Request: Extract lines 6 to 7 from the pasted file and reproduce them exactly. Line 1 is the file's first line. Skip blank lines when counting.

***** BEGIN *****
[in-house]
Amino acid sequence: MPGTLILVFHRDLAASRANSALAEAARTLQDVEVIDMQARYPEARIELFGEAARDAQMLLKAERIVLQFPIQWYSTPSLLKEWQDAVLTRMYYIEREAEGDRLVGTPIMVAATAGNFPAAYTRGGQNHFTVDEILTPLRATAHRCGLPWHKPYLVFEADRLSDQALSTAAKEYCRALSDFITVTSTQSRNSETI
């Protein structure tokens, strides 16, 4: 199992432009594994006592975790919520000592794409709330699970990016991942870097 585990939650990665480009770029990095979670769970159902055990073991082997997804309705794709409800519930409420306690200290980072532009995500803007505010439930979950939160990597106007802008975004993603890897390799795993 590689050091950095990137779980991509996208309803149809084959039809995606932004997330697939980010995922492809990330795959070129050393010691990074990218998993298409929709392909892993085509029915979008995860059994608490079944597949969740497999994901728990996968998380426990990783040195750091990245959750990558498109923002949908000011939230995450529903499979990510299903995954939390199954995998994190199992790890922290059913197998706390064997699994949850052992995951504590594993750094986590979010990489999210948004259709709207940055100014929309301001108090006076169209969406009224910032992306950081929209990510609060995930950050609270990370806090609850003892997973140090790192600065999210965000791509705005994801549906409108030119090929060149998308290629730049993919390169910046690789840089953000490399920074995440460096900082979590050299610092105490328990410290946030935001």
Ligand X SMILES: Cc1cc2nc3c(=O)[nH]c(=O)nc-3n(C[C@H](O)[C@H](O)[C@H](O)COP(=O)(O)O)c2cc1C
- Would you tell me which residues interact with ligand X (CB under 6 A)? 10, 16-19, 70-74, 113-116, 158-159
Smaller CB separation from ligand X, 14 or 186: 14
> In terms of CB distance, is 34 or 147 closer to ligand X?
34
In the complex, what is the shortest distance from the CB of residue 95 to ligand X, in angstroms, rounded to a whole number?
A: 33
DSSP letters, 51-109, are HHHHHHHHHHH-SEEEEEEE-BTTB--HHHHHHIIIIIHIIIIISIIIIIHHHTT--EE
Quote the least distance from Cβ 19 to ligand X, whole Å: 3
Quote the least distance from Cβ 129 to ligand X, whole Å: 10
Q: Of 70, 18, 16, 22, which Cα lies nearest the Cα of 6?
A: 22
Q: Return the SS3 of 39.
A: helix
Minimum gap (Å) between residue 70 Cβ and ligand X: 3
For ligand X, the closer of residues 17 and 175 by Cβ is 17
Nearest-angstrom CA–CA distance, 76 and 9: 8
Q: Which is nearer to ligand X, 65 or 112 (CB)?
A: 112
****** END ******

Smaller CB separation from ligand X, 14 or 186: 14
> In terms of CB distance, is 34 or 147 closer to ligand X?